We get asked about tooth whitening all the time, especially after orthodontic treatment is complete. Everyone wants a great looking smile, especially today with so much of our lives being shared through social media. The rise of social media and increased connection between us using images seems to have increased the interest our patient families have shown in tooth whitening.
Here are the basics about tooth color and how whitening works. The conversation often starts around age 7 or 8 when the adult teeth begin to erupt and there are baby teeth and adult teeth next door to each other in our children’s mouths. Baby or primary teeth are also whiter teeth when compared to adult teeth due to their structure. This often prompts parents to ask if their child’s tooth color is too yellow. This is normal and natural. But if your kid is particularly conscious of how his/her teeth look, it’s good to know your options for makings those whites pearly, once they are all adult teeth.
So, what is actually in this “tooth bleach” or “whitening gel.” Whitening solutions are always made of either carbamide peroxide or hydrogen peroxide.
Carbamide peroxide gel
This is a gentle, whitening gel that penetrates the teeth more slowly, helping to keep the patient more comfortable by reducing sensitivity. Carbamide peroxide breaks down into hydrogen peroxide to start work as a whitener.
Is hydrogen peroxide safe?
Absolutely. Hydrogen peroxide is approved for use in wounds and as an oral “debriding” agent (essentially a mouthwash). An oxygen molecule in hydrogen peroxide actually displaces a carbon bond in the dentin (tooth material just under the enamel) that changes the structure of the dentin to reflect light differently. In some ways, you can think of whitening as oxygenating your teeth. It is as simple as that.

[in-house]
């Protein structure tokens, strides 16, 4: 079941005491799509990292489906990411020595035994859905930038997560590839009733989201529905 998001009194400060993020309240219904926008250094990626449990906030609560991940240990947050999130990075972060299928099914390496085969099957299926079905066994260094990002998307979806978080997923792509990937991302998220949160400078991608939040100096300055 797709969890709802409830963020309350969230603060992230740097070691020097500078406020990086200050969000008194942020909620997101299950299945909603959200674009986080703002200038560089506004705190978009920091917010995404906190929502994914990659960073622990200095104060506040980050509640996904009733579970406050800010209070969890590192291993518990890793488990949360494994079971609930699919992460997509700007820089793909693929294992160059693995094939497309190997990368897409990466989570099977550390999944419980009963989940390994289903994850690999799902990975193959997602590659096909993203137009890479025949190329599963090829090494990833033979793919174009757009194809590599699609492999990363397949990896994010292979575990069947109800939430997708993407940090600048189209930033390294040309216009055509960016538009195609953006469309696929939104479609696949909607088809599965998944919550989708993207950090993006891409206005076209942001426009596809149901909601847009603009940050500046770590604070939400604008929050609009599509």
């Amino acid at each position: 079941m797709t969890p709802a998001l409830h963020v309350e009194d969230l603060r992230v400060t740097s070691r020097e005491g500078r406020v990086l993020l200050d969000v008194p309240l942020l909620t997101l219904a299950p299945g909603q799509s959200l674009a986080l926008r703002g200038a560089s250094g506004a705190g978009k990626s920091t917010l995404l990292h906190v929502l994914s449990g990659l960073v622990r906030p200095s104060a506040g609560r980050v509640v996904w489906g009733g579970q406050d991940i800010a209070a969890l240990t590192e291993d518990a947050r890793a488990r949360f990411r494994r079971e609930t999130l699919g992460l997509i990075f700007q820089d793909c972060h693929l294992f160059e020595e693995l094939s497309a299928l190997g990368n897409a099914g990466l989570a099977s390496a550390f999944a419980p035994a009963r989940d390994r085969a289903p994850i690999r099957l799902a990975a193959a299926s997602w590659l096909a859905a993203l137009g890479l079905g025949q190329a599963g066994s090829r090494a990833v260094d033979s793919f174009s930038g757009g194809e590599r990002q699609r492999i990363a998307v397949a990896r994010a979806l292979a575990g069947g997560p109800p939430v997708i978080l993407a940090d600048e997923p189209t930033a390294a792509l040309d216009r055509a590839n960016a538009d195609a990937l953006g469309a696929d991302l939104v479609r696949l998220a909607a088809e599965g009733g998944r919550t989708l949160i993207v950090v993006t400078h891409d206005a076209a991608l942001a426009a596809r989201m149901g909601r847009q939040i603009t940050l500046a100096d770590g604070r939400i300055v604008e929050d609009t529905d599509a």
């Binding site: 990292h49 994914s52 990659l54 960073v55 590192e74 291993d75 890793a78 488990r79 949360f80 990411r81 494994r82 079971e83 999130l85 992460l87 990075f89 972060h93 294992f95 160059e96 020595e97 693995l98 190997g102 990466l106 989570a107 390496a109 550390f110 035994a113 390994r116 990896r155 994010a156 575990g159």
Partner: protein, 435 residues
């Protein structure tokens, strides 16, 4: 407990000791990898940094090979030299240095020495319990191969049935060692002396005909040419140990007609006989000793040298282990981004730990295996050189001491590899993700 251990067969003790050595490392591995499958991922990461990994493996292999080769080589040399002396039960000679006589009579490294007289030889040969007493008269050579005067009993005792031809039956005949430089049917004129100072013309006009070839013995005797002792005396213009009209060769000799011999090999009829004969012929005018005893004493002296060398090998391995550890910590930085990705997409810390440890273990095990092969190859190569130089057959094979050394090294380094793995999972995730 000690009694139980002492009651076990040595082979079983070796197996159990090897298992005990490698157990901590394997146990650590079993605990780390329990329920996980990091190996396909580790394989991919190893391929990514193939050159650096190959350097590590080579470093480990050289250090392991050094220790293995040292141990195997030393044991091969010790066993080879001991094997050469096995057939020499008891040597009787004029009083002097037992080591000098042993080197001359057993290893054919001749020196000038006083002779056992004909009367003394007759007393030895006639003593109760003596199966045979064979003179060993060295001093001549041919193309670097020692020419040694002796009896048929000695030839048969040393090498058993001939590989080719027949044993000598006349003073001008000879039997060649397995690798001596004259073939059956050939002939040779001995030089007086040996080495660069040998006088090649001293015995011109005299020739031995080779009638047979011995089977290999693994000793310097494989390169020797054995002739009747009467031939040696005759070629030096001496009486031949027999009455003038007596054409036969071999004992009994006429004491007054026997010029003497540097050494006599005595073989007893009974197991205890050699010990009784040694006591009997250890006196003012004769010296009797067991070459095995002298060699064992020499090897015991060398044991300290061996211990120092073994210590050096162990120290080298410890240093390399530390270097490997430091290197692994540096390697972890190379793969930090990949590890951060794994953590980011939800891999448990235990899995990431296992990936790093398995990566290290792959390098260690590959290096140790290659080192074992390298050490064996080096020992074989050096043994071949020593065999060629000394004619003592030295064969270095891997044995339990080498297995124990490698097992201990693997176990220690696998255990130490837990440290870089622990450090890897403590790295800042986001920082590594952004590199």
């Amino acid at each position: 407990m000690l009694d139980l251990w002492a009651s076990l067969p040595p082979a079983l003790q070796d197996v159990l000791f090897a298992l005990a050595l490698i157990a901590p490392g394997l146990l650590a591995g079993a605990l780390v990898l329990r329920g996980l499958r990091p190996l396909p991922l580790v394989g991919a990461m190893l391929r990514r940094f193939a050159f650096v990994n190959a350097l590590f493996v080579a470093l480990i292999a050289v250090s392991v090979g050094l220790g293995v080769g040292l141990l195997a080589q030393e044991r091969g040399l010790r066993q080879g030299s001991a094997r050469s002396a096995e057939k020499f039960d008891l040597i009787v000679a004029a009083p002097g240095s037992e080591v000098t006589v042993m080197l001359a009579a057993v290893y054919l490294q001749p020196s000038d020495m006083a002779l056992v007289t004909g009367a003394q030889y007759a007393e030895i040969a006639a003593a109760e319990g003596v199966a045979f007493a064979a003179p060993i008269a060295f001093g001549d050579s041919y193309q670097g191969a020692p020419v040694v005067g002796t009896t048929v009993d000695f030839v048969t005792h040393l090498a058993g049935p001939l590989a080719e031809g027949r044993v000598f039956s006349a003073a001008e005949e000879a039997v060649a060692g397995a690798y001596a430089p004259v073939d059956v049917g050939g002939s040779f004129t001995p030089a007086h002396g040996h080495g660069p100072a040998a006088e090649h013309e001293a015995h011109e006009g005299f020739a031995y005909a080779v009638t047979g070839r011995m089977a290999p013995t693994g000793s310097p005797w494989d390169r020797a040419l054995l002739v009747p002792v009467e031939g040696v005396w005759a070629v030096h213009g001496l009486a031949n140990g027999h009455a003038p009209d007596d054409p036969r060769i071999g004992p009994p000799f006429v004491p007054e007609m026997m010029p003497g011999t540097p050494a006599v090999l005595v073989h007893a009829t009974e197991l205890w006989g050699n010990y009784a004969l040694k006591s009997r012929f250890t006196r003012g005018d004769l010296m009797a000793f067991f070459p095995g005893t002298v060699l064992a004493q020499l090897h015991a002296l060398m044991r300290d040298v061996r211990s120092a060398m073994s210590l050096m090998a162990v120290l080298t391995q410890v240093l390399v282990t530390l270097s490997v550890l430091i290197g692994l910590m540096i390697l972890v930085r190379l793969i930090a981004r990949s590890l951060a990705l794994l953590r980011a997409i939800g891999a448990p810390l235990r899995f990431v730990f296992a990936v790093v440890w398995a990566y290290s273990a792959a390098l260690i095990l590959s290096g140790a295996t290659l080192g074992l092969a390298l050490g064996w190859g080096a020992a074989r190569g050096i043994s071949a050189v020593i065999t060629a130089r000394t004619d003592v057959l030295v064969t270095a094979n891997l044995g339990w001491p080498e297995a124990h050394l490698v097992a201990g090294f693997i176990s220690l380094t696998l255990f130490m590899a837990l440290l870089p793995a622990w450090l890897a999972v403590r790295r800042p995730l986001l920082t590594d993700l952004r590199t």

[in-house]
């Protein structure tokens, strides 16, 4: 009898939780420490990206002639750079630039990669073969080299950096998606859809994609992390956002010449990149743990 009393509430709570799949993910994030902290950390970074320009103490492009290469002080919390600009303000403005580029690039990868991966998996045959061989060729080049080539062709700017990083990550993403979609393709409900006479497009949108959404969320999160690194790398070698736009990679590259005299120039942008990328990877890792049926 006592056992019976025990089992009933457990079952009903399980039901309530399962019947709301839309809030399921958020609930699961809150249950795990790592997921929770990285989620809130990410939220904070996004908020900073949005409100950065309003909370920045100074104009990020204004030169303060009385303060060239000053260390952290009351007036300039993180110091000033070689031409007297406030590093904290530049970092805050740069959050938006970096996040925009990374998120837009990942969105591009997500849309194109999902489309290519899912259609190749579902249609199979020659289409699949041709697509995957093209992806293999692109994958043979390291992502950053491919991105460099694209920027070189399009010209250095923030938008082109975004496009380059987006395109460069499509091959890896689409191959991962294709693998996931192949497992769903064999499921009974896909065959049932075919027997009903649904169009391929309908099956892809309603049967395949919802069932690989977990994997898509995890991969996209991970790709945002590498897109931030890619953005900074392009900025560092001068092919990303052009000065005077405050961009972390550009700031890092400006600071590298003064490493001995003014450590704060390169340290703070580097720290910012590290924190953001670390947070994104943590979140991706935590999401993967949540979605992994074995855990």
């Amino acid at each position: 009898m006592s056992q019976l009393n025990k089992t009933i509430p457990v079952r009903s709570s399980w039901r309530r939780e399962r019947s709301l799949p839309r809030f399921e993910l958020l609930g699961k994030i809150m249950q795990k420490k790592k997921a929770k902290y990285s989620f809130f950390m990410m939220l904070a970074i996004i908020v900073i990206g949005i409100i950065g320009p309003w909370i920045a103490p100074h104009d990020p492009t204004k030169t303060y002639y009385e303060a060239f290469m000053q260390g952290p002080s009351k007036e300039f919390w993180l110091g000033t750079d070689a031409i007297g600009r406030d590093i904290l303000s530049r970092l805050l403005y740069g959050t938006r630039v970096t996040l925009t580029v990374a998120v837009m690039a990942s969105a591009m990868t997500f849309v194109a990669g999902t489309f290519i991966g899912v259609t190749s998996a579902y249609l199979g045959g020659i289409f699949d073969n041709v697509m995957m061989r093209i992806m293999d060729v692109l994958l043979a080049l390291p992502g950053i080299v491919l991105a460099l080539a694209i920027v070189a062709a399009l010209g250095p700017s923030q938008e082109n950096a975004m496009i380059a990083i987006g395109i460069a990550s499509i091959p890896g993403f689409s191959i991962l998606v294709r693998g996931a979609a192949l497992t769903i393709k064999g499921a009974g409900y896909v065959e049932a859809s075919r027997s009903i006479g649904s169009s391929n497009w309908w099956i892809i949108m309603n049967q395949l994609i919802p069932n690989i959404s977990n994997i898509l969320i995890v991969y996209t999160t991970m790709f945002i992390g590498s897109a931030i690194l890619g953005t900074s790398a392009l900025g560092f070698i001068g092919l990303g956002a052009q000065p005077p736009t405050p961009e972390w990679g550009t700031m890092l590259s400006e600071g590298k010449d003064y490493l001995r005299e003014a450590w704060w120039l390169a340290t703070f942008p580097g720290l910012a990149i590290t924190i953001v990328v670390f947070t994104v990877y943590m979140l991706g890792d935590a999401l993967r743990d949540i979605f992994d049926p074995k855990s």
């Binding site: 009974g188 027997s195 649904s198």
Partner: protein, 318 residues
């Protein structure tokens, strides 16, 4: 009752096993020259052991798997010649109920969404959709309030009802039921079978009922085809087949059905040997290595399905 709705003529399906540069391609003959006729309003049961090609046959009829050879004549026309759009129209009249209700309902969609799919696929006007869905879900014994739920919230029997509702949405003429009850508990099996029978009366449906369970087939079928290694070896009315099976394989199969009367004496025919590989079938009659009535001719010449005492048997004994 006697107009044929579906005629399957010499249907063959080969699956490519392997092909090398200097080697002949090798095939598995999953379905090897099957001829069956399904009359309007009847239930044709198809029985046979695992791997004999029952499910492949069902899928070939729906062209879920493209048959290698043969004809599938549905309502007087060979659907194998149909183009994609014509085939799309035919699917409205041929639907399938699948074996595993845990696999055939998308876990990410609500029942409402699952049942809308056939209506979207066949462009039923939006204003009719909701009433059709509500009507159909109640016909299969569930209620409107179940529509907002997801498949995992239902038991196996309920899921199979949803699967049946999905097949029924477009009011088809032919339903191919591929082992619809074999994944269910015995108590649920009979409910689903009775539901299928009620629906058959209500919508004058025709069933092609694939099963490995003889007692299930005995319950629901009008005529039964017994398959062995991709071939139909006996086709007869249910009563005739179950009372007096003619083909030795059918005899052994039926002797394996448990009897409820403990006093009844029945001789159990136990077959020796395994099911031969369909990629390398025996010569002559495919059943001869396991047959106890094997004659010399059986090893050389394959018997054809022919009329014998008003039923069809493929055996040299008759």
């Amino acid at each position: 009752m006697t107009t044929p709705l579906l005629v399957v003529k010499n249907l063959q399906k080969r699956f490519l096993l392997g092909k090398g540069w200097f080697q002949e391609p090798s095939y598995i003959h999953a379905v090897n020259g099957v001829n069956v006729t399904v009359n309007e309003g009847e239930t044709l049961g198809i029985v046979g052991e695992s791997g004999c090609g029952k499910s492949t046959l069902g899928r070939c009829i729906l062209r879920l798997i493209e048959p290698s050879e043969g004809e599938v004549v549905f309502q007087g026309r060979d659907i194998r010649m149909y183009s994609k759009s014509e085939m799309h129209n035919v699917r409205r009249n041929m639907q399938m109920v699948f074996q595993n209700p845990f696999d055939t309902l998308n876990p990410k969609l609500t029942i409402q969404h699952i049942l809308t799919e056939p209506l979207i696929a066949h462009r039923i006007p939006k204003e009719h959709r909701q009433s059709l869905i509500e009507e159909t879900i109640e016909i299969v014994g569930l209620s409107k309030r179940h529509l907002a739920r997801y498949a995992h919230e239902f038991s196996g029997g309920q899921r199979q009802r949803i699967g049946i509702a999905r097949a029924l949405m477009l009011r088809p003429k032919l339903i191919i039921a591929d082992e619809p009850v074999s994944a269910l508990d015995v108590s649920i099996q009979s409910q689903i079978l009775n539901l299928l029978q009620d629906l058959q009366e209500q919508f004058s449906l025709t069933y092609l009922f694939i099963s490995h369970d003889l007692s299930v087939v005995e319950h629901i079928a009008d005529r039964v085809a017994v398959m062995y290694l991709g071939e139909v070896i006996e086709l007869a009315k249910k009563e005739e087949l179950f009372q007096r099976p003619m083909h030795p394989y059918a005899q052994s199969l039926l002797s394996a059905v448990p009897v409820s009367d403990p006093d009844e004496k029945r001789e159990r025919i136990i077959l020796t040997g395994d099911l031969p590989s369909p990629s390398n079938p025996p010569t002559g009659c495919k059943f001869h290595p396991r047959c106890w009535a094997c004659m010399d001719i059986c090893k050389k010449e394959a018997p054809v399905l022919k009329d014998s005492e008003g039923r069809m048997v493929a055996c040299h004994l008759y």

However, whitening can cause sensitivity and a lot of that depends upon the concentration applied to the teeth and gums.
Teeth whitener caution
Teeth whiteners are not drugs, so they’re not regulated by the FDA. Talk to your kids if they’re ever considering teeth whitening. Because you can buy concentrations of whitening gel both at the dentist and at the store, people often think it is the same thing at both places. But, which one is right for you or your child. That takes some consideration and getting it wrong can cause lots of unnecessary tooth sensitivity.
Go to the dentist
Sometimes a thorough cleaning and polishing of the teeth are enough to remove stains and brighten your child’s teeth!
If whitening is appropriate, we can customize a plan for you or your child that suits their dental history, tooth shape and alignment, skin tone and general mouth sensitivity.
Dental hygiene is still the best
Regular brushing and flossing prevents plaque and stain buildup, giving your child a brighter, healthy smile. And remember, it’s normal for teeth to not be as white as paper!
About Pediatric Dentistry and Orthodontic Specialists of Michigan, the offices of Drs. Plunkett, Ralstrom, Makowski, Thanasas, Ker, and Associates
Pediatric Dentistry and Orthodontic Specialists of Michigan have specialized in pediatric dentistry and orthodontics since 1968. Our family-friendly and newly renovated office gives patients and families a more comfortable and consistent experience with dentistry from the very beginning. Our pediatric dentists treat children from newborn to 18 years of age while our orthodontists provide care for both children and adults and are proud to be Premier Providers of Invisalign and Invisalign Teen services. The ability to treat all patients with compassion and individuality, including those that may have special needs reaches beyond our facility, which has treatment rooms available for children who require additional privacy and customized care options. We pioneered valued hospital affiliations to allow dental services to be performed at DMC Children’s Hospital and St. John Macomb Hospital, when appropriate or necessary, and our specialists are also proud to be on staff at Henry Ford and Beaumont hospitals.